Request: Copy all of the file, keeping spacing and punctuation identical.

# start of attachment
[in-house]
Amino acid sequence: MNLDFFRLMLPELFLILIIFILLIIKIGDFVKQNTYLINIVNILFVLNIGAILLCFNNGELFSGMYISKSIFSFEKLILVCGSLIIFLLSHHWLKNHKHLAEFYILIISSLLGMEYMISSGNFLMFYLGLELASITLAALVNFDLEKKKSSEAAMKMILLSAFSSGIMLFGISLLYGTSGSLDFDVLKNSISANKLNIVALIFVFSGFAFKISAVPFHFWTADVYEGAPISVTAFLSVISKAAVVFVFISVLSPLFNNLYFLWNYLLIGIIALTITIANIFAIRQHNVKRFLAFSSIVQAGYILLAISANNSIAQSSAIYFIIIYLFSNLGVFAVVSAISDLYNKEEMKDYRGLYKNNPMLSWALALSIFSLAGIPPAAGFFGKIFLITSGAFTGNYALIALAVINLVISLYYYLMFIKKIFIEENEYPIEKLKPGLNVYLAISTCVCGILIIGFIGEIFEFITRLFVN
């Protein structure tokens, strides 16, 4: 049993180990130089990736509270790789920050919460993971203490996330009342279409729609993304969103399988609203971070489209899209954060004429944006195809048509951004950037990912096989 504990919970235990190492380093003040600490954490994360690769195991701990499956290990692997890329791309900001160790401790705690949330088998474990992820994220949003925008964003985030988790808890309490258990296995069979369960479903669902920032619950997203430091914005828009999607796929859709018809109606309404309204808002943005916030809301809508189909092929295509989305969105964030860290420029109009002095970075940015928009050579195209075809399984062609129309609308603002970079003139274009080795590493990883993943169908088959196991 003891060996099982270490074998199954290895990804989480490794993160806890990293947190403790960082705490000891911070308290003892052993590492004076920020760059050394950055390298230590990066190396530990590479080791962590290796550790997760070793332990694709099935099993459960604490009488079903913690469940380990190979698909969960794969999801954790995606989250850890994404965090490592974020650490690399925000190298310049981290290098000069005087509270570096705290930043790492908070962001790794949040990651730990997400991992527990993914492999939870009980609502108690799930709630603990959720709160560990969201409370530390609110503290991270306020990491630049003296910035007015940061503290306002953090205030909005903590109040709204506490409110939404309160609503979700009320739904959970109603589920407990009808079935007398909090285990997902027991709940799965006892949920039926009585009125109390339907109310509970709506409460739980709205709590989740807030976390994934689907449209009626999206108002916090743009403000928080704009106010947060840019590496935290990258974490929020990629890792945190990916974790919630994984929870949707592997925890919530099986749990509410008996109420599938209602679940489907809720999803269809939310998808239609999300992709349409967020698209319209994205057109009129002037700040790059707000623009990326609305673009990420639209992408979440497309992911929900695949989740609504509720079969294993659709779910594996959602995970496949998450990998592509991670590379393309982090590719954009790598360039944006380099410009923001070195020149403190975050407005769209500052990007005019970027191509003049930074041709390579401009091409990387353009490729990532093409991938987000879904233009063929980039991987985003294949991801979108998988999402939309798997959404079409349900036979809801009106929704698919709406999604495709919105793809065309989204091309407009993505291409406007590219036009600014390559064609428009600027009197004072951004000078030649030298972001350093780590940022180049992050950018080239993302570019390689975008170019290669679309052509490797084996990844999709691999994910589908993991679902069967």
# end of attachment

[in-house]
Amino acid sequence: MNLDFFRLMLPELFLILIIFILLIIKIGDFVKQNTYLINIVNILFVLNIGAILLCFNNGELFSGMYISKSIFSFEKLILVCGSLIIFLLSHHWLKNHKHLAEFYILIISSLLGMEYMISSGNFLMFYLGLELASITLAALVNFDLEKKKSSEAAMKMILLSAFSSGIMLFGISLLYGTSGSLDFDVLKNSISANKLNIVALIFVFSGFAFKISAVPFHFWTADVYEGAPISVTAFLSVISKAAVVFVFISVLSPLFNNLYFLWNYLLIGIIALTITIANIFAIRQHNVKRFLAFSSIVQAGYILLAISANNSIAQSSAIYFIIIYLFSNLGVFAVVSAISDLYNKEEMKDYRGLYKNNPMLSWALALSIFSLAGIPPAAGFFGKIFLITSGAFTGNYALIALAVINLVISLYYYLMFIKKIFIEENEYPIEKLKPGLNVYLAISTCVCGILIIGFIGEIFEFITRLFVN
């Protein structure tokens, strides 16, 4: 049993180990130089990736509270790789920050919460993971203490996330009342279409729609993304969103399988609203971070489209899209954060004429944006195809048509951004950037990912096989 504990919970235990190492380093003040600490954490994360690769195991701990499956290990692997890329791309900001160790401790705690949330088998474990992820994220949003925008964003985030988790808890309490258990296995069979369960479903669902920032619950997203430091914005828009999607796929859709018809109606309404309204808002943005916030809301809508189909092929295509989305969105964030860290420029109009002095970075940015928009050579195209075809399984062609129309609308603002970079003139274009080795590493990883993943169908088959196991 003891060996099982270490074998199954290895990804989480490794993160806890990293947190403790960082705490000891911070308290003892052993590492004076920020760059050394950055390298230590990066190396530990590479080791962590290796550790997760070793332990694709099935099993459960604490009488079903913690469940380990190979698909969960794969999801954790995606989250850890994404965090490592974020650490690399925000190298310049981290290098000069005087509270570096705290930043790492908070962001790794949040990651730990997400991992527990993914492999939870009980609502108690799930709630603990959720709160560990969201409370530390609110503290991270306020990491630049003296910035007015940061503290306002953090205030909005903590109040709204506490409110939404309160609503979700009320739904959970109603589920407990009808079935007398909090285990997902027991709940799965006892949920039926009585009125109390339907109310509970709506409460739980709205709590989740807030976390994934689907449209009626999206108002916090743009403000928080704009106010947060840019590496935290990258974490929020990629890792945190990916974790919630994984929870949707592997925890919530099986749990509410008996109420599938209602679940489907809720999803269809939310998808239609999300992709349409967020698209319209994205057109009129002037700040790059707000623009990326609305673009990420639209992408979440497309992911929900695949989740609504509720079969294993659709779910594996959602995970496949998450990998592509991670590379393309982090590719954009790598360039944006380099410009923001070195020149403190975050407005769209500052990007005019970027191509003049930074041709390579401009091409990387353009490729990532093409991938987000879904233009063929980039991987985003294949991801979108998988999402939309798997959404079409349900036979809801009106929704698919709406999604495709919105793809065309989204091309407009993505291409406007590219036009600014390559064609428009600027009197004072951004000078030649030298972001350093780590940022180049992050950018080239993302570019390689975008170019290669679309052509490797084996990844999709691999994910589908993991679902069967």